LUCHA activist group confronts Sen. Kyrsten Sinema in ASU restroom
On Sunday, activist group Living United for Change in Arizona, also known as LUCHA, confronted Sen. Kyrsten Sinema in an Arizona State University restroom about the Build Back Better bill that is stalled in Congress.
In two videos released on LUCHA’s Twitter, members of the group criticized her current stance against the $3.5 trillion reconciliation bill.
BREAKING: Blanca, an AZ immigrant youth confronts @SenatorSinema inside her classroom, where she teaches @ ASU. "in 2010 both my grandparents got deported bc of SB1070...my grandfather passed away 2 wks ago & I wasn't able to go to Mexico bc there is no pathway to citizenship." pic.twitter.com/JDZYY2fOD2— LUCHA Arizona (@LUCHA_AZ) October 3, 2021
We wouldn't have to resort to confronting @senatorsinema around Phx if she took meetings with the communities that elected her. She's been completely inaccessible. We're sick of the political games, stop playing with our lives.— LUCHA Arizona (@LUCHA_AZ) October 3, 2021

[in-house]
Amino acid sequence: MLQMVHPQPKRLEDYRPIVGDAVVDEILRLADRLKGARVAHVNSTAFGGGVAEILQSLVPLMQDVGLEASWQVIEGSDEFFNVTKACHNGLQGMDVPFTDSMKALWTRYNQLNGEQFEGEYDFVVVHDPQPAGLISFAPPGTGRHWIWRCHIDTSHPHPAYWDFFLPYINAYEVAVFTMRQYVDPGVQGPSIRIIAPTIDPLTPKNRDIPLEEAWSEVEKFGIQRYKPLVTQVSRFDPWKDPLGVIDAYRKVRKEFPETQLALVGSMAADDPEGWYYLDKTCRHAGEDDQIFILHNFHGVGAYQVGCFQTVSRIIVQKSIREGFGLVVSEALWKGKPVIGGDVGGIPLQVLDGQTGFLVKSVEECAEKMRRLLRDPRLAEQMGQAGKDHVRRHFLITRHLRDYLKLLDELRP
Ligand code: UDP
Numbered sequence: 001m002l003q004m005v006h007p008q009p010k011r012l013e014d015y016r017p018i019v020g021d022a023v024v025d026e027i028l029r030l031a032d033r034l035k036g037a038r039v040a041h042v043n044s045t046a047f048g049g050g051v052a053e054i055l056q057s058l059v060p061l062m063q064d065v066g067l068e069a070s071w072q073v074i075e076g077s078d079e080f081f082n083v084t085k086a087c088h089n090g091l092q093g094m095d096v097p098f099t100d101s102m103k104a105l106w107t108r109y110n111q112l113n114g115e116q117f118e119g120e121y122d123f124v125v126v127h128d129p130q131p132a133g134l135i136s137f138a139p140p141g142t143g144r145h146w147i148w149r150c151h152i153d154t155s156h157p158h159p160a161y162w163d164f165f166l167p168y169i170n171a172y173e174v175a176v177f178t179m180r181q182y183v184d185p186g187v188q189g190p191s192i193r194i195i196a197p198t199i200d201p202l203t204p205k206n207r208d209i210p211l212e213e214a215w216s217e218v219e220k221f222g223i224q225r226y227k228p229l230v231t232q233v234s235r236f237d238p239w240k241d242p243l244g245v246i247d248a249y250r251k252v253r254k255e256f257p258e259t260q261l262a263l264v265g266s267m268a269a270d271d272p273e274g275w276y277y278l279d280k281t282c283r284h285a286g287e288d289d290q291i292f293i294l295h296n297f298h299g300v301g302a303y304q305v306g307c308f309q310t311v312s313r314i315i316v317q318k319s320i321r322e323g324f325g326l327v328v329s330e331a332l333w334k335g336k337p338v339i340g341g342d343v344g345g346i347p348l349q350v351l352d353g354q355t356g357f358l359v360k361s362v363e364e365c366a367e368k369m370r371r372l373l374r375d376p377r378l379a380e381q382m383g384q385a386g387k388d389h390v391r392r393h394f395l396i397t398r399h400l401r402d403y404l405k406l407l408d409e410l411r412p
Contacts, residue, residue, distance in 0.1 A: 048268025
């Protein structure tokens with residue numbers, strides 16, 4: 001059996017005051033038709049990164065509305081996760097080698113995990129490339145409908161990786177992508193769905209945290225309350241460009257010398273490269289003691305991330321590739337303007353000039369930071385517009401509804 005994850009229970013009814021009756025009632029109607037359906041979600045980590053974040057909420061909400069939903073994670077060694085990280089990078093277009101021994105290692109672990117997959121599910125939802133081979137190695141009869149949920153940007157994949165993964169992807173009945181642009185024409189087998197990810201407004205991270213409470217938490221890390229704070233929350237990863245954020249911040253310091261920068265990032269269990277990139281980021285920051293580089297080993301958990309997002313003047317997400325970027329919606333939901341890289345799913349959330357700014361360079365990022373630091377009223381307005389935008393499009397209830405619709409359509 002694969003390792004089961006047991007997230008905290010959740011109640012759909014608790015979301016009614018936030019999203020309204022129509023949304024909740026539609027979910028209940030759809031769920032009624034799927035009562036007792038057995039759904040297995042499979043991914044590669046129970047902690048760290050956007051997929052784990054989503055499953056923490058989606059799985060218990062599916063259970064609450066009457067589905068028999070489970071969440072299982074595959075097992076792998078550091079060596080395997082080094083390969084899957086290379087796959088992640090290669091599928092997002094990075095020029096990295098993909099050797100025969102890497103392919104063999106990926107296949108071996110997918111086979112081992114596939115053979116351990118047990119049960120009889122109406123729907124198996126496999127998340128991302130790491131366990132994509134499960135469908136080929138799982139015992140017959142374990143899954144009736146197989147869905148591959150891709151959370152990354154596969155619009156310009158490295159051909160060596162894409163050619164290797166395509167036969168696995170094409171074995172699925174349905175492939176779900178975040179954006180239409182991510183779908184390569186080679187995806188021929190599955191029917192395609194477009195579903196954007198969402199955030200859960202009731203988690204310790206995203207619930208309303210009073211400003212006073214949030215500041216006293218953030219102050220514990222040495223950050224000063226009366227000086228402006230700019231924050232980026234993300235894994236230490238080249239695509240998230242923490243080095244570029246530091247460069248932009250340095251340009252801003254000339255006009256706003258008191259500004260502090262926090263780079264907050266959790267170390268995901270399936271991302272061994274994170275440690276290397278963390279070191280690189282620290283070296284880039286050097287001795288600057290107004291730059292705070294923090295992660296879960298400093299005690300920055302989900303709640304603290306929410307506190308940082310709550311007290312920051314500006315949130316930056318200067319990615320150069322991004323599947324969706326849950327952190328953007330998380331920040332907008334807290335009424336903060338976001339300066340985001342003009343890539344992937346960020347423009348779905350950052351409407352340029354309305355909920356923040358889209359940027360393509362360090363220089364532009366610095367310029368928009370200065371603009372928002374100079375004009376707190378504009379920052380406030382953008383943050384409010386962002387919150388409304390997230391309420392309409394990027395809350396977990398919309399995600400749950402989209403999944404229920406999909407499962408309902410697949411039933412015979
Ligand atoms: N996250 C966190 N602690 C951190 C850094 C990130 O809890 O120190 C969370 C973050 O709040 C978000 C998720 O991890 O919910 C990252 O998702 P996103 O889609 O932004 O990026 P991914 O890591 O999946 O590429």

“Build back better, back the bill!" pic.twitter.com/3OA5t6e6Fl
“We knocked on doors for you, to get you elected, and just how we got you elected we can get you out of office if you don’t support what you promised us," a member said to Sinema in the restroom.
Sinema released a statement, also on Twitter, saying that while she supports the First Amendment and the right to protest, she calls the actions of the members illegitimate.
The Democratic senator said that the immigration reform activists unlawfully entered the campus building, which was only open to ASU students and faculty, and recorded her and her students. Sinema, a former social worker, is a lecturer at ASU's School of Social Work.
“In the 19 years I have been teaching at ASU, I have been committed to creating a safe and intellectually challenging environment for my students," Sinema said. “Yesterday, that environment was breached. My students were unfairly and unlawfully victimized.”
But when President Joe Biden was asked about the incident, he played it down and called it “a part of the process.”
Associated Press contributed to this report.